Kääntönen, M. 2011: Tähkämaitikan Valkeakosken Sääksmäen (EH) kasvupaikkojen seurannasta. – Lutukka 27(3): 88–94.
Monitoring of disjunct populations of Melampyrum cristatum in Valkeakoski, South Finland
The main distribution of the vulnerable (VU) Melampyrum cristatum in Finland is in the SW archipelago and near-by coastal areas. The few rare and disjunct inland occurrences in Valkeakoski (Sääksmäki), South Häme, have been monitored and managed since 1981. The management has included grazing by sheep, mowing, clearing and even burning. Especially in Ritvala – a locality of special cultural value – the species seems to have managed relatively well, though annual fluctuations in the population size have been extensive. Another locality at Cape Annilanniemi, known from the late 1800s, is at the risk of extinction after a rapid decline, in lack of appropriate management measures.
Seaching the occurrences W of the Lake Vanajanselkä has almost been like a detective story. Earlier known localities have not been found anymore and some populations seem to have temporarily (?) disappeared – but also one new tiny population has been uncovered. In 2011, the total counted number of Melampyrum cristatum plants in all the known localities in Valkeakoski was 363.
Summaries (in English)
Hallman, J. 2011: Kasviharrastajat Ahvenanmaan kasviparatiisissa. – Lutukka 27(4): 99–104.
Annual meeting of Finnish botanists and conservation authorities in 2011
The annual meeting of Finnish botanists and conservation authorities was arranged in Åland 9.–12. June 2011. The seminar was held at Övernäsgården in Mariehamn. Most of the time was used for excursions to interesting localities in the municipalities of Mariehamn, Lemland, Jomala, Sund and Vårdö. A lot of rare and threatened plants and a wide range of habitats like herb rich forests, pollard meadows, Baltic coastal meadows, seminatural dry grasslands and old natural forest were seen. The excursions were guided by Carl-Adam and Eeva Hæggström.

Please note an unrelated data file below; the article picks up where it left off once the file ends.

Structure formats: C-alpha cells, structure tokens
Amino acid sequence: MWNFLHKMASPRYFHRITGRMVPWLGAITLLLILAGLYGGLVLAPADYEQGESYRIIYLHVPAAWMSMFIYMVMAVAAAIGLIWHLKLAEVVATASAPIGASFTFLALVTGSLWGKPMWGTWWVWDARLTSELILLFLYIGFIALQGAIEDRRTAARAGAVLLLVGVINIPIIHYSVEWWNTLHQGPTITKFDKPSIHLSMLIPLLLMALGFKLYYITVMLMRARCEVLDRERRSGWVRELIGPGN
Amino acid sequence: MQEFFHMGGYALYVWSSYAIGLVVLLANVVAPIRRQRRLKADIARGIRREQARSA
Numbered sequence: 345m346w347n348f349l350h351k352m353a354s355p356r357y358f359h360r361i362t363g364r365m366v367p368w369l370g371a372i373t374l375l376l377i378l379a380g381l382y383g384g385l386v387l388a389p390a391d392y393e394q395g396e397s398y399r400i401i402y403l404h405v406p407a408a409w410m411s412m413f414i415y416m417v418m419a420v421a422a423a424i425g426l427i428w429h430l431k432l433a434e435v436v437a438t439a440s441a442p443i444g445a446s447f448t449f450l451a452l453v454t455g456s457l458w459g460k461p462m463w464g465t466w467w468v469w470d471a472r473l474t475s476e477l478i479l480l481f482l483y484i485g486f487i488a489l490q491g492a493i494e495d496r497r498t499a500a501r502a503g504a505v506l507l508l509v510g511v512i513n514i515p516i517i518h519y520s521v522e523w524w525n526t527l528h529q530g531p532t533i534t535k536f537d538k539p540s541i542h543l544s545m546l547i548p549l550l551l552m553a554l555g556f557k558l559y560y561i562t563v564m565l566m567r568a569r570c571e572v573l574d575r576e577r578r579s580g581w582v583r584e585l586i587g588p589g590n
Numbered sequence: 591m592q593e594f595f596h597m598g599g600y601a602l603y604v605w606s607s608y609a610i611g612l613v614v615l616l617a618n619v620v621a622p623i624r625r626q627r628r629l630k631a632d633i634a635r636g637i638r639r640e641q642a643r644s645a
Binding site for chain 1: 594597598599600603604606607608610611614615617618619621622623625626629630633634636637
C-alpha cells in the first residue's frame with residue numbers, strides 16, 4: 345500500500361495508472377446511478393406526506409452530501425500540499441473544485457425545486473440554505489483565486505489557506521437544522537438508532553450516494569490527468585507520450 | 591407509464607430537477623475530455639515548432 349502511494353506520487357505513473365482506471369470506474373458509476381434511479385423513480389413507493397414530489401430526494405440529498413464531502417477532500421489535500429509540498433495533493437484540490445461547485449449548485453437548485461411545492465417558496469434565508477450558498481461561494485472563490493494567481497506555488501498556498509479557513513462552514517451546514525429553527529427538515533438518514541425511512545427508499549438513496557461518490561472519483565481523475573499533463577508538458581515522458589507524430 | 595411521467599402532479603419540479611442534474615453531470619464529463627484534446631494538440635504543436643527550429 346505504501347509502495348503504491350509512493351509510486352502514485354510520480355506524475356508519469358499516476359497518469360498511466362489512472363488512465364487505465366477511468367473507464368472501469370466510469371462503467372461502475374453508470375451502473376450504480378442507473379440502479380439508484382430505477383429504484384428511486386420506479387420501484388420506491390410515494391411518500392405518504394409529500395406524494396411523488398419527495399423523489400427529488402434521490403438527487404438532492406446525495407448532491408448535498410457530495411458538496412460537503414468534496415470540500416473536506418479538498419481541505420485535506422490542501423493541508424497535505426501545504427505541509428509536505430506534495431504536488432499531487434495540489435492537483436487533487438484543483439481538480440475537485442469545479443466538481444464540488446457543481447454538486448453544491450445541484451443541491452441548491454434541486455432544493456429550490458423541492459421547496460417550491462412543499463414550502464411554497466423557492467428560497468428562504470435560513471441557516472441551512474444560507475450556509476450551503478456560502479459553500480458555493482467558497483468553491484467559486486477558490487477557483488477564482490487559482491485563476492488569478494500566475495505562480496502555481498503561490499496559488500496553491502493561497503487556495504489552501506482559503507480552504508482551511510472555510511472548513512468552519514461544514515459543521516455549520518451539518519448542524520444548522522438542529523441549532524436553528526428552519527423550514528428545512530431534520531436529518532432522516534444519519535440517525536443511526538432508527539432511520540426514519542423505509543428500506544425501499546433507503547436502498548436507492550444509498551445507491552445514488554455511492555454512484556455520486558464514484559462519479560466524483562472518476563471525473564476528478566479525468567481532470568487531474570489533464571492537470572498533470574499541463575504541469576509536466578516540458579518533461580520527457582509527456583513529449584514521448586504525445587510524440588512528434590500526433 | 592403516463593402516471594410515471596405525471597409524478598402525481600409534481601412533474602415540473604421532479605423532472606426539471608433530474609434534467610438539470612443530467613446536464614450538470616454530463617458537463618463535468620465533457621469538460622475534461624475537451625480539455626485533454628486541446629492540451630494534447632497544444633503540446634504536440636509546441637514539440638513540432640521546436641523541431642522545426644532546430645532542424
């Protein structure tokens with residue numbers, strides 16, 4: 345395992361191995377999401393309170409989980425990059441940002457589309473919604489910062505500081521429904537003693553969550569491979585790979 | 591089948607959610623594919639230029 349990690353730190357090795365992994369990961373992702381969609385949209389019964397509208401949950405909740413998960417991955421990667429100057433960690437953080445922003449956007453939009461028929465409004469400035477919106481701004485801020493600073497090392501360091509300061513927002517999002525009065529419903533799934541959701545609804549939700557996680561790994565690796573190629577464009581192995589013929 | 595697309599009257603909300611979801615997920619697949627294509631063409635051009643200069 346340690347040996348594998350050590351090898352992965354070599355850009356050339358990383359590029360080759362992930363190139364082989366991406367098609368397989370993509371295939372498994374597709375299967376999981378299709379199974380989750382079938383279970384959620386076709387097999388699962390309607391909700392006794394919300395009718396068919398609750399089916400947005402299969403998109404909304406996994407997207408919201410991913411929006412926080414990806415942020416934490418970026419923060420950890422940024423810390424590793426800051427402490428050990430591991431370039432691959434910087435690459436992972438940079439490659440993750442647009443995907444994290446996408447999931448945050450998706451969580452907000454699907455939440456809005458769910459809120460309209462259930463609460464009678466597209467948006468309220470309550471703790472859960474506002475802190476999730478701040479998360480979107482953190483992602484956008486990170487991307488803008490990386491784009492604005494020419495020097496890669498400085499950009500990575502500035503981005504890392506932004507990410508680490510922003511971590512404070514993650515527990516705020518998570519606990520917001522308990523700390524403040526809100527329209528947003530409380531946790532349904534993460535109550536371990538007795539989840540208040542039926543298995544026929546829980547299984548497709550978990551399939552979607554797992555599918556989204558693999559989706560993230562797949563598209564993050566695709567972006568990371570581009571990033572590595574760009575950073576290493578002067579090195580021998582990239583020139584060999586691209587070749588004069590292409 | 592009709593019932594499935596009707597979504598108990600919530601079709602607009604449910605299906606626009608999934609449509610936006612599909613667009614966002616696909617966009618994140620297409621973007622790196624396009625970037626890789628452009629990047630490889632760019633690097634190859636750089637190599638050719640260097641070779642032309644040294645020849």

Uotila, P. 2011: Keltaohdake Suomessa. – Lutukka 27(4): 105–115.
Cirsium oleraceum in Finland
Cirsium oleraceum is known from one obviously indigenous locality in Åland Islands in a spring-fed rich forest slope and along ca. 700 m long ditch margin between the forest and a cultivated field. Based on this population, the species has been classified as vulnerable in Finland. Other findings from Finland are clearly introduced but often established for years or decades. There are many polemochorous finds from harbour places of the Bothnian Bay and war time camps. Some populations, well established along moist meadows, field margins, ditches, lake shores and sparse woods, have their origin in sowing of seeds by some amateur botanists interested in rare plants, or they have escaped from gardens. Several recent findings are from banks of new highways, and from places where imported Russian and Baltic timber has been stored.
Salmia, A. 2011: Uhanalainen sarjatalvikki kirjallisuudessa ja Tammelan Kaukolanharjulla. – Lutukka 27(4): 116–122.
The endangered Chimaphila umbellata – a review
Chimaphila umbellata is an evergreen dwarf shrub. It is widely distributed mainly over the northern parts of Eurasia and North America. In Fennoscandia, it grows in conifer forests. It is a continental plant and prefers open sunny Scots pine forest. It is a weak competitor against Vaccinium myrtillus and Picea abies. It flowers in July and produces large amount of tiny seeds in September. The species has become endangered (EN) in Sweden and Norway and is classified as near threatened (NT) in Finland and Denmark. In one of its habitats in Finland (Kaukolanharju, Tammela municipality in South Häme) it has been known for over 150 years. Most of the more than 200 shoots found in 2011 were on the warm SW side of the esker. The habitat may be threatened due to overgrowing by P. abies and V. myrtillus.
Kämäräinen, H. 2011: Kesäretket Lahden ratapihalle kannattavat edelleen. – Lutukka 27(4): 123–125.
Additions to the flora of the railway yard at Lahti, south Finland
Some additions and updates are given to the railway yard flora of Lahti town (Kämäräinen 2010). Two new species – Filago arvensis and Potentilla thuringiaca – were recorded, whereas Lappula squarrosa and Trifolium campestre seem to have disappeared.
Floristic notes – Lutukka 27(4): 126.
Elytrigia juncea ssp. boreali-atlantica was found in Täcktom, Hanko in 2011, as new to the mainland of Finland and the biogeographical province of Uusimaa. It was growing as a thin colony in c. one hundred square meters on the seaward side of a seashore dune, accompanied by Ammophila arenaria and the hybrid E. juncea × Elymus (Elytrigia) repens. The hybrid was found in Hanko already in 1877, as a native introduction independent of the parental species. The first record of E. juncea ssp. boreali-atlantica was made in Finland in 1939. The species has been classified as vulnerable (VU) in Finland. – Terhi Ryttäri & Henry Väre